Car Accident Reports in Pennsylvania

No one plans to be involved in a car accident. Therefore, most people are unprepared for what they must do after a car crash in Lancaster, PA. Fortunately, you can talk with a car accident lawyer who can help you with a personal injury claim.

The first step you need to take is to report the car accident. Below are frequently asked questions about car accident reports in Pennsylvania.

When Should You Report a Car Accident To the Police?

It is always wise to call the police to report a car accident immediately after the collision. Even if you do not believe you were seriously injured in the accident, having an official accident report can make it easier to file an insurance claim if you discover injuries a few days or weeks after the car crash.

Do I Have To Report a Car Accident in Pennsylvania?

Pennsylvania law requires drivers to report motor vehicle accidents immediately when the crash involves:

  • Injury 
  • Death
  • Damage to the vehicle that results in the vehicle being inoperable 

The law requires vehicle occupants to give immediate notice of the car accident if the driver cannot physically report the car accident, provided the occupants are capable of reporting the accident. Generally, when a car crash involves catastrophic injuries that prevent the accident victims from calling 911, bystanders or witnesses may report the accident to the police. 

How Do I Report a Car Accident in Pennsylvania?

The statute requires you to report the car accident to a duly authorized police department by the “quickest means of communication” when the accident involves injury, death, or an inoperable vehicle. The quickest and easiest way to report a car accident in Pennsylvania is to call 911.

The emergency operator obtains your location and dispatches a police officer with jurisdiction over the accident scene. The law requires every accident reported to a police department as required by law to be investigated by a police officer. The officer must complete a written accident report.

If a police officer does not investigate the accident, drivers must file an accident report within five days of the collision. The Driver’s Accident Report is filed with the Pennsylvania Department of Transportation

What Happens if I Don’t Report a Car Accident in Pennsylvania?

At the very least, it could make it more difficult to obtain compensation for your injuries and damages when another driver caused the car accident. However, you could also face penalties for not reporting a car accident in accordance with state law.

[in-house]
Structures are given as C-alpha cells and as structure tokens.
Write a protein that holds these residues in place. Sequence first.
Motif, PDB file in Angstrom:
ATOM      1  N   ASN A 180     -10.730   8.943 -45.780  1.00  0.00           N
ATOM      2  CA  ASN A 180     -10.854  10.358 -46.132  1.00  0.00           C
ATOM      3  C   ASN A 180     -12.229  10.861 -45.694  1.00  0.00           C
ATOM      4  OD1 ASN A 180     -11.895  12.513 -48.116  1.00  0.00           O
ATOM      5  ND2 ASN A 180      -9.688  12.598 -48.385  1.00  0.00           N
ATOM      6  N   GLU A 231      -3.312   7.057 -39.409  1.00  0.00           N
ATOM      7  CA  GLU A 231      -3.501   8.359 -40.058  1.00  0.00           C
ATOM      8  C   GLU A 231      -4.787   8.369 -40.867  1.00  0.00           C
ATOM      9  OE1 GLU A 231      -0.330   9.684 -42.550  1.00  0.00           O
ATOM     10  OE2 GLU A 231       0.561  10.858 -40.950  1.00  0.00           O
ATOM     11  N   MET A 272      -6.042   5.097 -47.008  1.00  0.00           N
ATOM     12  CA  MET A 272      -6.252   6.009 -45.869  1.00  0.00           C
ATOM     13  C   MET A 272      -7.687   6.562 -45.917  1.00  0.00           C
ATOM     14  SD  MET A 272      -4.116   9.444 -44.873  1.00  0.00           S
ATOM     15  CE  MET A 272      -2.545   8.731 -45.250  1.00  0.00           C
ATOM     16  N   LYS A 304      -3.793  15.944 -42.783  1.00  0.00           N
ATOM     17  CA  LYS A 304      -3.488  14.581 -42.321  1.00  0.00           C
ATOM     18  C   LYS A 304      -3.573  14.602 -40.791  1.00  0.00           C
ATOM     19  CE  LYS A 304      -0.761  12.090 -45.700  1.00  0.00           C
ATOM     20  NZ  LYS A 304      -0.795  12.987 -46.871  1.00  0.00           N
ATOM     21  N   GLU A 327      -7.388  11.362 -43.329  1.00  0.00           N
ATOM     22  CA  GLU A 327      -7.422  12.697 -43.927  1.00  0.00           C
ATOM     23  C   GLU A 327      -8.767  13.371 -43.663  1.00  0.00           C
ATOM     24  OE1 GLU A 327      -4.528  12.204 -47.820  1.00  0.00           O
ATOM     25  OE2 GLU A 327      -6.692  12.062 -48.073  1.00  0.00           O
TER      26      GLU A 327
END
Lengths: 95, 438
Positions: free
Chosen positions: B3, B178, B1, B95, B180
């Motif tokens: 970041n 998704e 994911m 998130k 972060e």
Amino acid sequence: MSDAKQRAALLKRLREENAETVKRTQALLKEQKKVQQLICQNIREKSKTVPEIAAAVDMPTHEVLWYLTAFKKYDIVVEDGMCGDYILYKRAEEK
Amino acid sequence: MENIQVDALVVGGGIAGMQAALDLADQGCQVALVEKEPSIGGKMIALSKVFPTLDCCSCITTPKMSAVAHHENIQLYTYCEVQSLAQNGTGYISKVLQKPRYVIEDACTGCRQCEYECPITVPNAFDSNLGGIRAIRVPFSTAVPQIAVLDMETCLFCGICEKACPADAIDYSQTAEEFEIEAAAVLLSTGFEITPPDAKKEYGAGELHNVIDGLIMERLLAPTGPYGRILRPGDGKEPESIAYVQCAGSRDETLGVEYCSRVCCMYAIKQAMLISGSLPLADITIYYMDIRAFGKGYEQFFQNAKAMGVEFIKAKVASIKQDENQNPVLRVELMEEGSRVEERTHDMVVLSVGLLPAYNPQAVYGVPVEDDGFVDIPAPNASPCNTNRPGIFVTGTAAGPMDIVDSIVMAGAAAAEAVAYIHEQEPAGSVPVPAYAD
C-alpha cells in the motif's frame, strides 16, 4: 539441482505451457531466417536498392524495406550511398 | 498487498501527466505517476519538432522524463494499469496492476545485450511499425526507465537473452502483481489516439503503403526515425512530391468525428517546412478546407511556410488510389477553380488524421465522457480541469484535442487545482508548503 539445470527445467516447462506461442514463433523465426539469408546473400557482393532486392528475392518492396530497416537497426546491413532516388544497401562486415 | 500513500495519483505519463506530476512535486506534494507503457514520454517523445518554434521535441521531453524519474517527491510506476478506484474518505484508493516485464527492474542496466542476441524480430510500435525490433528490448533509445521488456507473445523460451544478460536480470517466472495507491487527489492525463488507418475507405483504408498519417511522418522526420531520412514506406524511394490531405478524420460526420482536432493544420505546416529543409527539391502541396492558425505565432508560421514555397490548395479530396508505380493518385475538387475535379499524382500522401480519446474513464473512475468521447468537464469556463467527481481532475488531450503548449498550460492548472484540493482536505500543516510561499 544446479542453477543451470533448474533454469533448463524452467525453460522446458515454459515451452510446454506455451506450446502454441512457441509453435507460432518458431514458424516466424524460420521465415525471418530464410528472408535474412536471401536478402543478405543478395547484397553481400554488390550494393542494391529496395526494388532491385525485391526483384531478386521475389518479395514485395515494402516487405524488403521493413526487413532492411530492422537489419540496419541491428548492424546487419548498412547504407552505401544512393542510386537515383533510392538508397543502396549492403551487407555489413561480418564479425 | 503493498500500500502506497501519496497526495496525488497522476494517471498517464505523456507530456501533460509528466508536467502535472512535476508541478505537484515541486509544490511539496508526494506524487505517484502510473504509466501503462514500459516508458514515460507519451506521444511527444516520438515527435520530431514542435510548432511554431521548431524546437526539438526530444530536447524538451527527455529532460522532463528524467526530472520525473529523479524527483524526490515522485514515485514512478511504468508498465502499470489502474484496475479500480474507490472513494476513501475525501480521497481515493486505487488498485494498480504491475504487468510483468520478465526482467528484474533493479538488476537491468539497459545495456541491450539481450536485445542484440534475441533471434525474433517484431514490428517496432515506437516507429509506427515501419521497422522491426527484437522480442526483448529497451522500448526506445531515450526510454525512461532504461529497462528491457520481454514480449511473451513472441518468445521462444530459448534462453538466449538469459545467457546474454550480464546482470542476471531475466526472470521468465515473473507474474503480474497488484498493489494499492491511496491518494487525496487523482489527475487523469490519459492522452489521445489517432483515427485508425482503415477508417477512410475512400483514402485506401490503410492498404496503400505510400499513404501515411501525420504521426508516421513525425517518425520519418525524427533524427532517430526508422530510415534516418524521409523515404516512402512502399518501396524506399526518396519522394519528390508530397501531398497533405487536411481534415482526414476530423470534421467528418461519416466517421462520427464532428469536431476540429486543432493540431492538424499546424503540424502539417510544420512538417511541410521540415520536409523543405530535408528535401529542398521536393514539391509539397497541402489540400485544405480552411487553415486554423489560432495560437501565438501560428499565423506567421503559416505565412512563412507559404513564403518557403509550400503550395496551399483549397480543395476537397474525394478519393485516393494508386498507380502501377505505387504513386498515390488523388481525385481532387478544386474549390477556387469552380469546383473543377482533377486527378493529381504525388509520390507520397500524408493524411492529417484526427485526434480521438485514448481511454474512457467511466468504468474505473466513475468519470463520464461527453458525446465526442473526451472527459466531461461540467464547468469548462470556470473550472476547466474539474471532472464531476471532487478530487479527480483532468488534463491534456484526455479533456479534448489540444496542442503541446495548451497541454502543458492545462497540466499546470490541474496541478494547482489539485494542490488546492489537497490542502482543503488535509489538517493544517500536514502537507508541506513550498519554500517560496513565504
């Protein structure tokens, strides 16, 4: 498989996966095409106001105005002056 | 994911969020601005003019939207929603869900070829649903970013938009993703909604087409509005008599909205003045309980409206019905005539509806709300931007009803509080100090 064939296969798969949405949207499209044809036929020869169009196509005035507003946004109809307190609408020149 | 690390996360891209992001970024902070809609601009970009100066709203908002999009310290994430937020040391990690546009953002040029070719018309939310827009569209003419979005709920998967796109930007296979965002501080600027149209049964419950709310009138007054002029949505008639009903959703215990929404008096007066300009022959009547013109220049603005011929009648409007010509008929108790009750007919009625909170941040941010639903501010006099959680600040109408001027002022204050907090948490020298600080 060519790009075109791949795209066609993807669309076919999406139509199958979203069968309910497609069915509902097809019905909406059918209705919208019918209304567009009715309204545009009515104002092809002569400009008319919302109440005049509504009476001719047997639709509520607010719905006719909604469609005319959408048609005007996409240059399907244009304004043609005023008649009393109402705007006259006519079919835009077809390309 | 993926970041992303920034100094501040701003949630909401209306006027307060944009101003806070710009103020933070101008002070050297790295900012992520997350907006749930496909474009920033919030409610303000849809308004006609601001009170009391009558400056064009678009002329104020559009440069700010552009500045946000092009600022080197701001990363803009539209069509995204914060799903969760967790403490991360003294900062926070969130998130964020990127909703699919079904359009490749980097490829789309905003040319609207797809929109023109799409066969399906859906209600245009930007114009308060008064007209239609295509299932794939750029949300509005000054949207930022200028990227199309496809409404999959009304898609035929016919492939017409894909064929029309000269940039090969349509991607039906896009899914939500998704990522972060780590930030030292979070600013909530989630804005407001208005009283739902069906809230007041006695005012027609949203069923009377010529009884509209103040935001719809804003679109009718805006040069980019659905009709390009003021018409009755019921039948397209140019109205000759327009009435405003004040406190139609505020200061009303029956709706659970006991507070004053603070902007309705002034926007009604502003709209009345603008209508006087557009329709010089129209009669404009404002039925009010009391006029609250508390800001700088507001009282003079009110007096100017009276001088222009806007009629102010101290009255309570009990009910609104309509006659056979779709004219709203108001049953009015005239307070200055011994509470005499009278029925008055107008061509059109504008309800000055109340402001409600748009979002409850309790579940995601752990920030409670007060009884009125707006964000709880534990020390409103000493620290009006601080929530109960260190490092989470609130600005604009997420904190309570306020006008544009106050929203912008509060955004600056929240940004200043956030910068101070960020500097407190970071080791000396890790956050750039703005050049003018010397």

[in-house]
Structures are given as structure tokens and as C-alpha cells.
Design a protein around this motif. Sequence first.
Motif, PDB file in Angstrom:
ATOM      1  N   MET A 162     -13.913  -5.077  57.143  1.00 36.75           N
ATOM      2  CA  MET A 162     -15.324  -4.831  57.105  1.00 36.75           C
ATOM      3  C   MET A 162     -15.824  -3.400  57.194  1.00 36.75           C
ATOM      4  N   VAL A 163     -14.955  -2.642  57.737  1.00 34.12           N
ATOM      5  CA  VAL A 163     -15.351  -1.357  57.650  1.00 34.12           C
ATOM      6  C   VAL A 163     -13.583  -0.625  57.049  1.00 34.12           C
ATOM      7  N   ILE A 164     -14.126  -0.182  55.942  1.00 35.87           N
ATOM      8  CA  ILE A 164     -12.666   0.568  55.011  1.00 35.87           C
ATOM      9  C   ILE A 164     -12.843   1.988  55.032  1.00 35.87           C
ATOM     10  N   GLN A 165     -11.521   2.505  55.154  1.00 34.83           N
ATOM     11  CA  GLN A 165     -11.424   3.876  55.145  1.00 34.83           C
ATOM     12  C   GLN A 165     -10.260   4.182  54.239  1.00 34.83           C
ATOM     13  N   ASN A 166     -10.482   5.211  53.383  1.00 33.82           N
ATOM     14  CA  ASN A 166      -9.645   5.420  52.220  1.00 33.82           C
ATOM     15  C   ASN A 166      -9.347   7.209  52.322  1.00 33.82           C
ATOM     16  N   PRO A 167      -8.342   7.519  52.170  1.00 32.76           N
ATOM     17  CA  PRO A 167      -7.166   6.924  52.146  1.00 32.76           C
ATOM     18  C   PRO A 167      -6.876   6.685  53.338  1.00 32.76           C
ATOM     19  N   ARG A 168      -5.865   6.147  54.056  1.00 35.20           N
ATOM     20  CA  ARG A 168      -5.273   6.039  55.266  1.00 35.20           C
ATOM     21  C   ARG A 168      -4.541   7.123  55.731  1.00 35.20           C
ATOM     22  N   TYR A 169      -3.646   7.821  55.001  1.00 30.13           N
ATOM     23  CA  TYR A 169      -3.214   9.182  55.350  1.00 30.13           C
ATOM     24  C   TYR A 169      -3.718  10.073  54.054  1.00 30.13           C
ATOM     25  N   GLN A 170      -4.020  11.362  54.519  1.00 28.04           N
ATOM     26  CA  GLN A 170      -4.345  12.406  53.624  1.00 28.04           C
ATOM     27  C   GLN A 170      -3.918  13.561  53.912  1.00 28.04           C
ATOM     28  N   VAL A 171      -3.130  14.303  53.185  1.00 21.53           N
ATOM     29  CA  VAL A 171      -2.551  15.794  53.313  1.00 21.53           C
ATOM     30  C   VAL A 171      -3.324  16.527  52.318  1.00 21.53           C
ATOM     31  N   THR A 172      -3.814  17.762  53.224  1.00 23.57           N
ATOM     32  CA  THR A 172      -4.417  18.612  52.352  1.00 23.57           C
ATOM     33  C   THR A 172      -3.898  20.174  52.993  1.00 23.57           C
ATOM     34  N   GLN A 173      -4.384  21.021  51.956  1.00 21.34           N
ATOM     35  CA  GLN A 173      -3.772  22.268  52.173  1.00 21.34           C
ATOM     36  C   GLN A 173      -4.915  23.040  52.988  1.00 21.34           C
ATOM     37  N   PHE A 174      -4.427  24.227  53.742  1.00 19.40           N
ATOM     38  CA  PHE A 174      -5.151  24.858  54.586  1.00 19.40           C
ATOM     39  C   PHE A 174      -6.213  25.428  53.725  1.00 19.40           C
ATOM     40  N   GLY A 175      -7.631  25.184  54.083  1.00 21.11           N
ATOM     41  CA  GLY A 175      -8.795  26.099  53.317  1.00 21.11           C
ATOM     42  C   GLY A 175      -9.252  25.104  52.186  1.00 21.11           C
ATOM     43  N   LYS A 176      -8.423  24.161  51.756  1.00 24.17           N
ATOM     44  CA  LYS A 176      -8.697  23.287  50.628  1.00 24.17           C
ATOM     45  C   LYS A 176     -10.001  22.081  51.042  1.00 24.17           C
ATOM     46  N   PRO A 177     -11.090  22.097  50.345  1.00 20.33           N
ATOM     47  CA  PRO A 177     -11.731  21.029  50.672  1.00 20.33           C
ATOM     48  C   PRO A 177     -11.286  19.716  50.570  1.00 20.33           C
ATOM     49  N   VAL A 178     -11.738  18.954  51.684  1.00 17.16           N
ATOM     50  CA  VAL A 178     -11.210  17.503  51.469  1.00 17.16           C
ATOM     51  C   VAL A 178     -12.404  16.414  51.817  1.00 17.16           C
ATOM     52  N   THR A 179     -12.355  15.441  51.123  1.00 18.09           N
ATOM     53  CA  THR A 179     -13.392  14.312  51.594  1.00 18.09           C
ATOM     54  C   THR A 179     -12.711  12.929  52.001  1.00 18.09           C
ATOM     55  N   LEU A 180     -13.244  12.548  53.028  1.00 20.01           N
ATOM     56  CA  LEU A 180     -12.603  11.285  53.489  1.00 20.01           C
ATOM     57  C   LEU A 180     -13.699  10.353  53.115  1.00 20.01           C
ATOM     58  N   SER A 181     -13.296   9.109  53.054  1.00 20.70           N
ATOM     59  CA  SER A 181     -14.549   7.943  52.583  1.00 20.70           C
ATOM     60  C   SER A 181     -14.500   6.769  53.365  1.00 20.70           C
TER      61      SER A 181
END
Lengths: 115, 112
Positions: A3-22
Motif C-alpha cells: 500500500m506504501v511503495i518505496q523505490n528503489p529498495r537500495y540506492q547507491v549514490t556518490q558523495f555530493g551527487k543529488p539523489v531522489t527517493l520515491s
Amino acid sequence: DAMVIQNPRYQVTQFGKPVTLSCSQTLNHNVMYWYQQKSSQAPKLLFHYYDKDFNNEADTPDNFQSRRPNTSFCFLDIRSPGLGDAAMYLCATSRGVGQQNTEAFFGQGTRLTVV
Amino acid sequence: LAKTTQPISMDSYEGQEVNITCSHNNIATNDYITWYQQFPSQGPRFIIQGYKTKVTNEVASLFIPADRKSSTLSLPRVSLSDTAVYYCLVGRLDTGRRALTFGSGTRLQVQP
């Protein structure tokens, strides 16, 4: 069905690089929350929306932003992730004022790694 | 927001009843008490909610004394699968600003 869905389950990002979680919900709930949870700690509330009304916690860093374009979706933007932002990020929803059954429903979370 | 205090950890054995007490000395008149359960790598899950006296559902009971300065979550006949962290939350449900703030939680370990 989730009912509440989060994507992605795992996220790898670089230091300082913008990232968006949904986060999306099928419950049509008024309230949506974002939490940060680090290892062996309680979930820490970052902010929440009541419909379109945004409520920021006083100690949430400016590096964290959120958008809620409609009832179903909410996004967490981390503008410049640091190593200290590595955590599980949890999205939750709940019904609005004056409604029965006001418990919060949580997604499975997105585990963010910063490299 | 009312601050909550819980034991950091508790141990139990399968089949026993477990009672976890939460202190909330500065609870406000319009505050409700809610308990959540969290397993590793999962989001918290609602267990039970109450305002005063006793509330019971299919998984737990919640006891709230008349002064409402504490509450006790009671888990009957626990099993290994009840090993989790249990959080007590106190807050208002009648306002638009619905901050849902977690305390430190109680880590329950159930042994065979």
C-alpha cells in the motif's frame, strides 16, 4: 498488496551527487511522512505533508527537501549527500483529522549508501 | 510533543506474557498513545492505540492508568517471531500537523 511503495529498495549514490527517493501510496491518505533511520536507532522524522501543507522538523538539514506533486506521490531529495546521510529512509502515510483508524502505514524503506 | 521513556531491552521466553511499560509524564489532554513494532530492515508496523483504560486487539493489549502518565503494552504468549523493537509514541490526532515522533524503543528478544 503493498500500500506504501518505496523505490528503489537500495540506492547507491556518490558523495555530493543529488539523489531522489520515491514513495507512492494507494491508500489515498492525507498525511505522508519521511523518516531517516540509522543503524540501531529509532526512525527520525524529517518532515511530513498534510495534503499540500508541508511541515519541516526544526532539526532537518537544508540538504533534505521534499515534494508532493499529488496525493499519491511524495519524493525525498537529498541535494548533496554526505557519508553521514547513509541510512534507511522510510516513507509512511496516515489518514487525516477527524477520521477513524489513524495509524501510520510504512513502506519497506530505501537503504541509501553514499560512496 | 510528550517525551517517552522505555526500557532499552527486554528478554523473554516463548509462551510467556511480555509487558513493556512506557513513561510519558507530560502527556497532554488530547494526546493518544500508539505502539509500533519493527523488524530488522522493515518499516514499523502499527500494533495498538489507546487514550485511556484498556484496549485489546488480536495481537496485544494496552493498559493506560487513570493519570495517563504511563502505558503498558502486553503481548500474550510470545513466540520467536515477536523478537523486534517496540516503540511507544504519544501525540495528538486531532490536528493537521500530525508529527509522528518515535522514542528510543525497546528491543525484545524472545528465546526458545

How Do I Obtain a Copy of a Car Accident Report?

You can request a copy of a car accident report from the Pennsylvania State Police through the Crash Report Request website. However, you must wait at least 15 days following the accident date to submit your request. You can also mail a form and fee requesting a copy of the accident report to the State Police Crash Reports Unit.

Having a Police Report Could Strengthen Your Personal Injury Claim

When the police officer investigates a car accident, the officer gathers information to assess what happened. Then, they document evidence from the crash scene that supports their conclusion. The accident report may include witness statements, documentation of damages, and other information that could be helpful in pursuing a personal injury claim.

A police report generally notes which driver contributed to the cause of a car accident. Under Pennsylvania personal injury laws, you must prove that the other party caused your injuries before recovering compensation for damages. Therefore, if the police officer documents factors that contributed to the cause of the crash, it could help your case.

Hiring a Car Accident Lawyer to Investigate the Crash

Police reports can contain incorrect information. The officer did not witness the accident. Therefore, they might make conclusions based on what they observe in addition to statements from those involved in the accident and eyewitnesses.

Therefore, you may need a car accident attorney to investigate the accident. An attorney searches for evidence that proves causation and fault. Evidence that can help establish liability for a car crash includes:

  • Physical evidence from the crash scene
  • Statements made by the drivers after the accidents
  • Damage to the vehicles
  • Statements from eyewitnesses
  • Videos of the crash from traffic cameras or surveillance cameras
  • Opinions from accident reconstructionists and other experts 

Proving who caused the car wreck is crucial. You cannot hold the other driver liable for your economic and non-economic damages if you cannot prove fault for the car crash. An experienced personal injury lawyer has the resources and skills to complete a car accident investigation to gather evidence that proves the other driver was at fault for the cause of your car crash.

If you’ve been injured in a car accident, please contact Marzzacco Niven & Associates at the nearest location to schedule a free consultation today:

Harrisburg Law Office
945 East Park Drive, Suite 103 Harrisburg, PA 17111
(717) 231-1640

York Law Office
2550 Kingston Road, Suite 210A York, PA 17401
(717) 995-8998

Wyomissing Law Office
833 N. Park Road, Suite 103, Room A Wyomissing, PA 19610
(717) 388-2325

Chambersburg Law Office
79 St. Paul Drive, Suite 1 Chambersburg, PA 17201
(717) 388-2378

Carlisle Law Office
354 Alexander Springs Road Carlisle, PA 17015
(717) 995-8732

Carbondale Law Office
30 Lincoln Avenue, Suite 101 Carbondale, PA 18407
(717) 995-8810

Lancaster Law Office
2173 Embassy Drive, Ste 123, Lancaster Pa 17603
(717) 616-2954

Lebanon Law Office
937 Willow Street, Suite D Lebanon, PA 17042-1140
(717) 995-8963